The majority of us only have so much money to spend. Even if we get ahead, we often spend money on stupid stuff instead of things like getting out of debt or even purchasing things wisely so that we can use some of that extra money for other things without hurting ourselves.

I’m all about having some fun in life, and these days almost all the fun costs money in some fashion. Even just walking around takes buying the proper foot equipment so you don’t hurt yourself.

This means budgeting, which is a bad word to many people, but in this case I’m not going to get into spreadsheets and really long winded explanations that you’re not going to listen to anyway. Instead I’m only going to give you 3 tips on spending your money, which includes paying bills in one instance, to help your money go further.

Tip #1 – Stop driving across the city to save a few dollars on stuff. Big alert; gas prices are up, and in most communities it’s now over $4 a gallon. Since most vehicles average around 20 miles a gallon in city driving, if they’re lucky, this means it’s costing you 20 cents a mile. Is it really worth saving $2 if it just cost you $4 to drive 20 miles? Goodness, is it worth spending $2 to save $2 if you only go 10 miles further than you normally do, which is only 5 miles each way?

Tip #2 – Don’t overspend on things for convenience. This is opposite of the first tip but it must be said. My wife and I were at a drug store looking to buy some CoQ10 supplements. They were selling it for $53 a bottle for 100 softgel tablets and if you bought a second bottle it was half off. My wife was dismayed but figured she was there so we might as well get it. I said no, and instead we went to the grocery store close to our house, which sells vitamins and supplements. It was a different brand but the price of their CoQ10 supplements for 100 softgel tablets was only $10.99. For some things the brand name nor the store makes the supplements so much better that the price should escalate like that.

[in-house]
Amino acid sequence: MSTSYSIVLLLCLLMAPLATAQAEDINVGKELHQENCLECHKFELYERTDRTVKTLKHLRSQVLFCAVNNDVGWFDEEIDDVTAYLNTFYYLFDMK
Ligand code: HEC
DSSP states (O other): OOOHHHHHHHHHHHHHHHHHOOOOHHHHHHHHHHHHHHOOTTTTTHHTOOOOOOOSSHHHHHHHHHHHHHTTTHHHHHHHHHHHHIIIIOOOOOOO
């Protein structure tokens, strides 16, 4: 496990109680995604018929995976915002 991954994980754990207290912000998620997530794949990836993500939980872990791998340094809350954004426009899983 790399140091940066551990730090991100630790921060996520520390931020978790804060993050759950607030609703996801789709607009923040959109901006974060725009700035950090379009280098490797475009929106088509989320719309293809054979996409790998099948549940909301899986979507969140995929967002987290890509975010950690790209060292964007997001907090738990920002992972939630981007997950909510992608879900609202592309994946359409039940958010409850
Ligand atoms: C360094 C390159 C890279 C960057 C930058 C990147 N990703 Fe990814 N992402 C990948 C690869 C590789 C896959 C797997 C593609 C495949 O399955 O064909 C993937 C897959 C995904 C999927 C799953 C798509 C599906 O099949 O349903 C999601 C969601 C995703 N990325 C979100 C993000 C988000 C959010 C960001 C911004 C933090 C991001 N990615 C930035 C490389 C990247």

Tip #3 – Always pay off the bill with the smallest balance first. This one is controversial because many financial experts will say to pay down large balances first or those cards and bills with the highest interest rate. I tend to believe that people build up momentum when they can see results of something they didn’t want to deal with in the first place. The other benefit to this is that you can then roll some of the extra money over to the bill next in line and keep some of that money for yourself, at least here and there, as a reward; after all, you deserve to be rewarded for your success.

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